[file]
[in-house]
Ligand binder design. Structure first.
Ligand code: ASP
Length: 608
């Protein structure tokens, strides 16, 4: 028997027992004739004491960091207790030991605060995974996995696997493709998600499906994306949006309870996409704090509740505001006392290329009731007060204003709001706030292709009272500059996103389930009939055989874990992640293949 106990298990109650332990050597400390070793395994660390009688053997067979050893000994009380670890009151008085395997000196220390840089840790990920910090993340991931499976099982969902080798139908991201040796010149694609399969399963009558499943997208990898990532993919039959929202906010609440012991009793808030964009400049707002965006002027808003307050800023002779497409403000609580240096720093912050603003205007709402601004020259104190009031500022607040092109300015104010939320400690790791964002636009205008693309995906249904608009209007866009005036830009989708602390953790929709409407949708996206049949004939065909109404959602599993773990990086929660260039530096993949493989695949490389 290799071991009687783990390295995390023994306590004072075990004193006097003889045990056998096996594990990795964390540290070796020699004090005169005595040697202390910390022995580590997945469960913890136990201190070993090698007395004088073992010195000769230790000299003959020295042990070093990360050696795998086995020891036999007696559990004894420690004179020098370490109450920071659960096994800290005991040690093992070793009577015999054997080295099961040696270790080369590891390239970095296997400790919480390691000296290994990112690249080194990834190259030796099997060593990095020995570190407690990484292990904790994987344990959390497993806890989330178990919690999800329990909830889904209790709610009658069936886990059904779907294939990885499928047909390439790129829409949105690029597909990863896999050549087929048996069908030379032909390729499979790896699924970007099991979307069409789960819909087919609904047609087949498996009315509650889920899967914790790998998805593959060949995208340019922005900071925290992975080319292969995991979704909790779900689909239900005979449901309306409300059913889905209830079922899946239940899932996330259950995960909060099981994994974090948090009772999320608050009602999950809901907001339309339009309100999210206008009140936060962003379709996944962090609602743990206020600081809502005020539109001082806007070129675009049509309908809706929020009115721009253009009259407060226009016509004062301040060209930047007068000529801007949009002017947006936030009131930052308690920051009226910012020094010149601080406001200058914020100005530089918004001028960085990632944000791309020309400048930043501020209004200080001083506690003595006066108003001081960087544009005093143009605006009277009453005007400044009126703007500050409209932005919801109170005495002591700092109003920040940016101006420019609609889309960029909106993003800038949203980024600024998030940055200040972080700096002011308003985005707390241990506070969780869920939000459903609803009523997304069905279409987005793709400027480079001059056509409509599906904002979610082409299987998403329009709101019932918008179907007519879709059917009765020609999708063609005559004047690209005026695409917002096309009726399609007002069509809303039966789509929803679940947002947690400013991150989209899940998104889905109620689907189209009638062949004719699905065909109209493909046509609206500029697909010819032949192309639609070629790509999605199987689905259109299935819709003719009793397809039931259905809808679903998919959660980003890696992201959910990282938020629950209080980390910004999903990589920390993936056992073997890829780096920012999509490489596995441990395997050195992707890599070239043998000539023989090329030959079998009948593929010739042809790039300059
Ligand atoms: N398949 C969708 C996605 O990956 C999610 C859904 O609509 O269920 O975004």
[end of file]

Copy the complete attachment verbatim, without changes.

[in-house]
Ligand binder design. Structure first.
Ligand code: ASP
Length: 608
């Protein structure tokens, strides 16, 4: 028997027992004739004491960091207790030991605060995974996995696997493709998600499906994306949006309870996409704090509740505001006392290329009731007060204003709001706030292709009272500059996103389930009939055989874990992640293949 106990298990109650332990050597400390070793395994660390009688053997067979050893000994009380670890009151008085395997000196220390840089840790990920910090993340991931499976099982969902080798139908991201040796010149694609399969399963009558499943997208990898990532993919039959929202906010609440012991009793808030964009400049707002965006002027808003307050800023002779497409403000609580240096720093912050603003205007709402601004020259104190009031500022607040092109300015104010939320400690790791964002636009205008693309995906249904608009209007866009005036830009989708602390953790929709409407949708996206049949004939065909109404959602599993773990990086929660260039530096993949493989695949490389 290799071991009687783990390295995390023994306590004072075990004193006097003889045990056998096996594990990795964390540290070796020699004090005169005595040697202390910390022995580590997945469960913890136990201190070993090698007395004088073992010195000769230790000299003959020295042990070093990360050696795998086995020891036999007696559990004894420690004179020098370490109450920071659960096994800290005991040690093992070793009577015999054997080295099961040696270790080369590891390239970095296997400790919480390691000296290994990112690249080194990834190259030796099997060593990095020995570190407690990484292990904790994987344990959390497993806890989330178990919690999800329990909830889904209790709610009658069936886990059904779907294939990885499928047909390439790129829409949105690029597909990863896999050549087929048996069908030379032909390729499979790896699924970007099991979307069409789960819909087919609904047609087949498996009315509650889920899967914790790998998805593959060949995208340019922005900071925290992975080319292969995991979704909790779900689909239900005979449901309306409300059913889905209830079922899946239940899932996330259950995960909060099981994994974090948090009772999320608050009602999950809901907001339309339009309100999210206008009140936060962003379709996944962090609602743990206020600081809502005020539109001082806007070129675009049509309908809706929020009115721009253009009259407060226009016509004062301040060209930047007068000529801007949009002017947006936030009131930052308690920051009226910012020094010149601080406001200058914020100005530089918004001028960085990632944000791309020309400048930043501020209004200080001083506690003595006066108003001081960087544009005093143009605006009277009453005007400044009126703007500050409209932005919801109170005495002591700092109003920040940016101006420019609609889309960029909106993003800038949203980024600024998030940055200040972080700096002011308003985005707390241990506070969780869920939000459903609803009523997304069905279409987005793709400027480079001059056509409509599906904002979610082409299987998403329009709101019932918008179907007519879709059917009765020609999708063609005559004047690209005026695409917002096309009726399609007002069509809303039966789509929803679940947002947690400013991150989209899940998104889905109620689907189209009638062949004719699905065909109209493909046509609206500029697909010819032949192309639609070629790509999605199987689905259109299935819709003719009793397809039931259905809808679903998919959660980003890696992201959910990282938020629950209080980390910004999903990589920390993936056992073997890829780096920012999509490489596995441990395997050195992707890599070239043998000539023989090329030959079998009948593929010739042809790039300059
Ligand atoms: N398949 C969708 C996605 O990956 C999610 C859904 O609509 O269920 O975004």